Filed Under: Livestock Meat

On Meat Consumption and Climate Change

The Center for Consumer Freedom got in a little brawl today. We’re fine — thanks for asking. Actually, we’re better than fine. It was an easy knockout. On the heels of our press release arguing that University of North Carolina professor Barry Popkin concocted a link between climate change and meat consumption, The New York Times called us to weigh in on its blog, “Green, Inc.” We were happy to oblige.
“It is beyond dispute that any connection between meat production and global warming is a false one,” we told the Times. Eighteen percent of global greenhouse gases are not, as Popkin claims, caused by animal agriculture. Data from the Environmental Protection Agency suggests that only 2.58 percent can be attributed to meat production in the United States. And the number for all of agriculture is just 6 percent.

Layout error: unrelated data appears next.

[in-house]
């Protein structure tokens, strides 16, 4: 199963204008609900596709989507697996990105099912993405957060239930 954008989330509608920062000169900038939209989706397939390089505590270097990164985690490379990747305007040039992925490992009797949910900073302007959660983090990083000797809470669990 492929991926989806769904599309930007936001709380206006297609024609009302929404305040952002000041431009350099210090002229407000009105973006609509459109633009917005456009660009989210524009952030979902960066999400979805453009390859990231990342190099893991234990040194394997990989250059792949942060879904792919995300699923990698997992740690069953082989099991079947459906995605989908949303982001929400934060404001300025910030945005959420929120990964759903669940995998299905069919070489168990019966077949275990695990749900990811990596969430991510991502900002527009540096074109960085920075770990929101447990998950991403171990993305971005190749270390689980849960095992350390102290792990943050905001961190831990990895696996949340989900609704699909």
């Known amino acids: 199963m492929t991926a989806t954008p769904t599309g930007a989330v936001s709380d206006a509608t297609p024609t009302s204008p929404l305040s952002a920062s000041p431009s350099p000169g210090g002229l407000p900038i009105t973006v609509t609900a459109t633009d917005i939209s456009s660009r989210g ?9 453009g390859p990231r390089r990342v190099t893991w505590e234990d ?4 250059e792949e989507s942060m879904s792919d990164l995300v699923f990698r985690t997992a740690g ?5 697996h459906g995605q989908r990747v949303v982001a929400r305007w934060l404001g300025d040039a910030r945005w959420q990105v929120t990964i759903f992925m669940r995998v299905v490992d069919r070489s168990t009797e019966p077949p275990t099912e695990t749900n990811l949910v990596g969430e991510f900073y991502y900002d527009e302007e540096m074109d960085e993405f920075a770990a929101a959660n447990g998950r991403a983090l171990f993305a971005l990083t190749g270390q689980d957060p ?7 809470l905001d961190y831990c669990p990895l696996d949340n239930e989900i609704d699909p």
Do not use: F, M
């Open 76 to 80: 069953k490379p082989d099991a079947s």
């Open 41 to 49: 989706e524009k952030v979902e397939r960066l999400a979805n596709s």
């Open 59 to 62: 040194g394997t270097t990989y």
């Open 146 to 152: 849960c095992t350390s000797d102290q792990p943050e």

Popkin is “stretching the truth beyond recognition,” we’re telling Times readers. “Eating less meat isn’t going to move the dial, at least not in this country. Go buy the hybrid. Pay a premium for alternative energy sources, but eating tofu instead of sirloin? It’s not gonna make a difference.”
Popkin may have been caught off guard, judging from his lack of a substantive response. He accused us of being deliberately misleading, “without ever looking at facts.”

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